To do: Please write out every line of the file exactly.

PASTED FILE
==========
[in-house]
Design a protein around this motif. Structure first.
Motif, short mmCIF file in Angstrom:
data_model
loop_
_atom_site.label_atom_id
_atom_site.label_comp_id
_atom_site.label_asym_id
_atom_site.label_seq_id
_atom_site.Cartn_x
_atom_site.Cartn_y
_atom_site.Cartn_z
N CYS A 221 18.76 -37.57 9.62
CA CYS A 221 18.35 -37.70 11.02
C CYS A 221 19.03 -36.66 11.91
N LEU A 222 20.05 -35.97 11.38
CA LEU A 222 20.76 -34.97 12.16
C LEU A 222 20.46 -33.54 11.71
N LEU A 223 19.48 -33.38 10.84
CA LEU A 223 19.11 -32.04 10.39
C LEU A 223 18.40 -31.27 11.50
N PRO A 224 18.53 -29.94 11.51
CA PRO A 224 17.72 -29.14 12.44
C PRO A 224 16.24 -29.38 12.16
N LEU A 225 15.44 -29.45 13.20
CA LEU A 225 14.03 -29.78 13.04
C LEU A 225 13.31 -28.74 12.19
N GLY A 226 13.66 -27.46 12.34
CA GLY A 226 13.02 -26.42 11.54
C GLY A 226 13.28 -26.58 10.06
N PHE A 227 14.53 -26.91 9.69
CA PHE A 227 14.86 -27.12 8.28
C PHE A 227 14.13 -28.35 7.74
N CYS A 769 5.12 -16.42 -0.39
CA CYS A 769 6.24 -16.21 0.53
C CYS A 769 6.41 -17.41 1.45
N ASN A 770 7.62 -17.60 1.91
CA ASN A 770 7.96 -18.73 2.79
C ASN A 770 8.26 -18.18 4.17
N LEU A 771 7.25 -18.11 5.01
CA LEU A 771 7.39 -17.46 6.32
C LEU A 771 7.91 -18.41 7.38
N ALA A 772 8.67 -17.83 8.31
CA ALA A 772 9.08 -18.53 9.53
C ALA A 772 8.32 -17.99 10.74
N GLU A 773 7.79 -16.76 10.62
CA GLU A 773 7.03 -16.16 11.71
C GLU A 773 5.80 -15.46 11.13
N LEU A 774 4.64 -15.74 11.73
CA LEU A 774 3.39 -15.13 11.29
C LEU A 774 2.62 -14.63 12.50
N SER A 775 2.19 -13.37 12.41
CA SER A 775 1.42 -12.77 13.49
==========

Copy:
[in-house]
Design a protein around this motif. Structure first.
Motif, short mmCIF file in Angstrom:
data_model
loop_
_atom_site.label_atom_id
_atom_site.label_comp_id
_atom_site.label_asym_id
_atom_site.label_seq_id
_atom_site.Cartn_x
_atom_site.Cartn_y
_atom_site.Cartn_z
N CYS A 221 18.76 -37.57 9.62
CA CYS A 221 18.35 -37.70 11.02
C CYS A 221 19.03 -36.66 11.91
N LEU A 222 20.05 -35.97 11.38
CA LEU A 222 20.76 -34.97 12.16
C LEU A 222 20.46 -33.54 11.71
N LEU A 223 19.48 -33.38 10.84
CA LEU A 223 19.11 -32.04 10.39
C LEU A 223 18.40 -31.27 11.50
N PRO A 224 18.53 -29.94 11.51
CA PRO A 224 17.72 -29.14 12.44
C PRO A 224 16.24 -29.38 12.16
N LEU A 225 15.44 -29.45 13.20
CA LEU A 225 14.03 -29.78 13.04
C LEU A 225 13.31 -28.74 12.19
N GLY A 226 13.66 -27.46 12.34
CA GLY A 226 13.02 -26.42 11.54
C GLY A 226 13.28 -26.58 10.06
N PHE A 227 14.53 -26.91 9.69
CA PHE A 227 14.86 -27.12 8.28
C PHE A 227 14.13 -28.35 7.74
N CYS A 769 5.12 -16.42 -0.39
CA CYS A 769 6.24 -16.21 0.53
C CYS A 769 6.41 -17.41 1.45
N ASN A 770 7.62 -17.60 1.91
CA ASN A 770 7.96 -18.73 2.79
C ASN A 770 8.26 -18.18 4.17
N LEU A 771 7.25 -18.11 5.01
CA LEU A 771 7.39 -17.46 6.32
C LEU A 771 7.91 -18.41 7.38
N ALA A 772 8.67 -17.83 8.31
CA ALA A 772 9.08 -18.53 9.53
C ALA A 772 8.32 -17.99 10.74
N GLU A 773 7.79 -16.76 10.62
CA GLU A 773 7.03 -16.16 11.71
C GLU A 773 5.80 -15.46 11.13
N LEU A 774 4.64 -15.74 11.73
CA LEU A 774 3.39 -15.13 11.29
C LEU A 774 2.62 -14.63 12.50
N SER A 775 2.19 -13.37 12.41
CA SER A 775 1.42 -12.77 13.49